Cancer from the Sun Month is observed in June every year. The main goal is to educate and assist individuals in learning about cancer prevention measures, early detection, and also treatment. It also aims to educate people on the importance of avoiding excessive exposure to the sun’s rays. Examining your skin for suspicious changes is another means of detecting cancer early.
History of Cancer from the Sun Month
Squamous Cell Carcinoma (S.C.C.) is among the most common types of skin cancer. It usually affects body regions that suffer damage from the sun’s U.V. rays and tanning beds. Affected regions could include the neck, upper back, head, ears, hands, legs, lips, and ears. This type of cancer progresses slowly. It can affect other parts of the body such as the bones, tissues, and lymph nodes, which is much more difficult to treat. Early detection significantly aids treatment.
If you are a cancer survivor or happen to fall in the high-risk category, get familiar with the symptoms of skin cancer. Ensure you perform monthly skin examinations. Use a mirror to check your scalp, arms, neck, ears, nose, and genital area. Your body inspection should cover every inch of your skin. Give special attention to moles, lumps, and previously affected areas. Report any strange findings to your dermatologist immediately.
The World Health Organization lists cancer as one of the leading causes of death worldwide. There is a membership-based organization based in Geneva that is dedicated to the global fight against cancer and the advancement of medical research. Under its auspices, the first International Cancer Day was held in Geneva, Switzerland. Many well-known organizations, cancer societies, and treatment centers also supported this initiative.
Since there are numerous types of cancer, various colors and symbols are used to identify and promote the fight against them. For example, the orange ribbon is used to raise awareness about cancer in children, whereas the pink ribbon is globally associated with breast cancer.
Cancer from the Sun Month timeline
Rene Theophile Hyacinthe Laënnec, a French physician, distinguishes ‘melanoma’ as a stand-alone disease.
Australian researcher Henry Lancaster, identifies the link between melanoma and latitude, particularly in Australia and New Zealand.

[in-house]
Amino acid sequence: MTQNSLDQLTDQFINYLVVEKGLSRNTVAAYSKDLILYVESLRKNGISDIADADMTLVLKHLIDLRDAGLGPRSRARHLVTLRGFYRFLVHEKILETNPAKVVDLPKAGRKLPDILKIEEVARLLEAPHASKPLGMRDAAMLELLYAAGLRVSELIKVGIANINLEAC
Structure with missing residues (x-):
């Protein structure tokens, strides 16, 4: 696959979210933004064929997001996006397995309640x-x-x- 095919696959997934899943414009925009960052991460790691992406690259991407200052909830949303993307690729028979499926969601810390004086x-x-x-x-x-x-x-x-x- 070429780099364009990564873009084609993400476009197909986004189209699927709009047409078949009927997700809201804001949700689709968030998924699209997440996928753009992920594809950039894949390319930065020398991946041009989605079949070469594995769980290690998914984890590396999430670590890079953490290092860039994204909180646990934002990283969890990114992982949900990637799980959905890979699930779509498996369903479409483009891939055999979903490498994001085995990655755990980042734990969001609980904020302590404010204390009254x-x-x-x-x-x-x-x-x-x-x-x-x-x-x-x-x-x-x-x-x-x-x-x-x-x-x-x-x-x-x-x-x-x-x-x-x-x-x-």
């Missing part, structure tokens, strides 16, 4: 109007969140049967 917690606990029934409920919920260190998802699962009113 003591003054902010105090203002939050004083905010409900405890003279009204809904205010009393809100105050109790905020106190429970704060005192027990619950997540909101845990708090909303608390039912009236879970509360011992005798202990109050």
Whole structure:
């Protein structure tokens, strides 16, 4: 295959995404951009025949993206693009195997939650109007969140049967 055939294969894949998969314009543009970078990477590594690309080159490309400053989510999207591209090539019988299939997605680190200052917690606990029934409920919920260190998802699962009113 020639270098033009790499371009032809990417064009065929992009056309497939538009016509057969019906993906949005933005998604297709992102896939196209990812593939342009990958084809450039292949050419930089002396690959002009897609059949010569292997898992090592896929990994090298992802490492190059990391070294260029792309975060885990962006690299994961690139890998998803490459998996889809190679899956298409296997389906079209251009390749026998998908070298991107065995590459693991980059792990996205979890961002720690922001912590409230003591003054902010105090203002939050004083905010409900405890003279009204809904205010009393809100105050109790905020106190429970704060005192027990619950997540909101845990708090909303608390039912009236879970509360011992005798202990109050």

U.V. tanning beds are classified as carcinogenic to humans by the World Health Organization.
A study at Massachusetts General Hospital discovers that combining an immune system-stimulating compound with topical chemotherapy reduces the risk of suffering SCC.
Cancer from the Sun Month FAQs
Is skin cancer caused solely by the sun?
Skin cancer is caused by long-term, indiscriminate sun exposure, but that’s not the only cause. The diagnosis of a melanoma or non-melanoma form of cancer also plays a significant part.
What does skin cancer look like?
S.C.C. sometimes appears as a firm, red swelling or a rough, scaly sore that itches and may even bleed.
How common is sun-related skin cancer?
This exposure can cause skin cancer in one out of every five Americans.
How to Observe Cancer from the Sun Month
Consult a physician
Make an appointment if you notice any changes in your skin that concern you. Change does not always mean a problem.
Put on sunscreen
It's a good idea all year round. Sunscreen doesn’t completely filter out all harmful U.V. rays, particularly those that can cause melanoma, but it plays an important role in overall protection.
Avoid using tanning beds
People who use a tanning bed face an increased risk of melanoma. Furthermore, U.V. rays can cause premature skin aging (wrinkles, loose skin, brown spots) as well as skin cancer.
5 Mind-blowing Facts About Cancer
If you have blonde/red hair and light-colored eyes, and you freckle or sunburn easily, you should take extra precautions.
Cancer is the second-highest cause of death in the world.
Living at higher altitudes, where there is more sunlight, exposes you to more radiation.
Another reason to quit
Smokers are more likely to develop squamous cell skin cancer, particularly on the lips.
It is avoidable
One-third of all commonly occurring cancers are avoidable.
Why Cancer from the Sun Month is Important
It creates awareness
Cancer from the Sun Month aims to create awareness and educate people about the dangers of S.C.C. Information can help improve early detection and save lives.
Start serious conversations
While discussing cancer can be difficult, especially in some societies and environments, doing so publicly can lead to better outcomes at the person, community, and policy levels. Realizing where to go for help and being a part of a larger support network can make us all feel like a part of the answer.
Advocating for early treatment
Common types of carcinomas, such as basal cell and squamous cell carcinomas, are highly curable. In addition, the five-year survival rate for people who detect and treat melanoma before it spreads to the lymph nodes is high.
Cancer from the Sun Month dates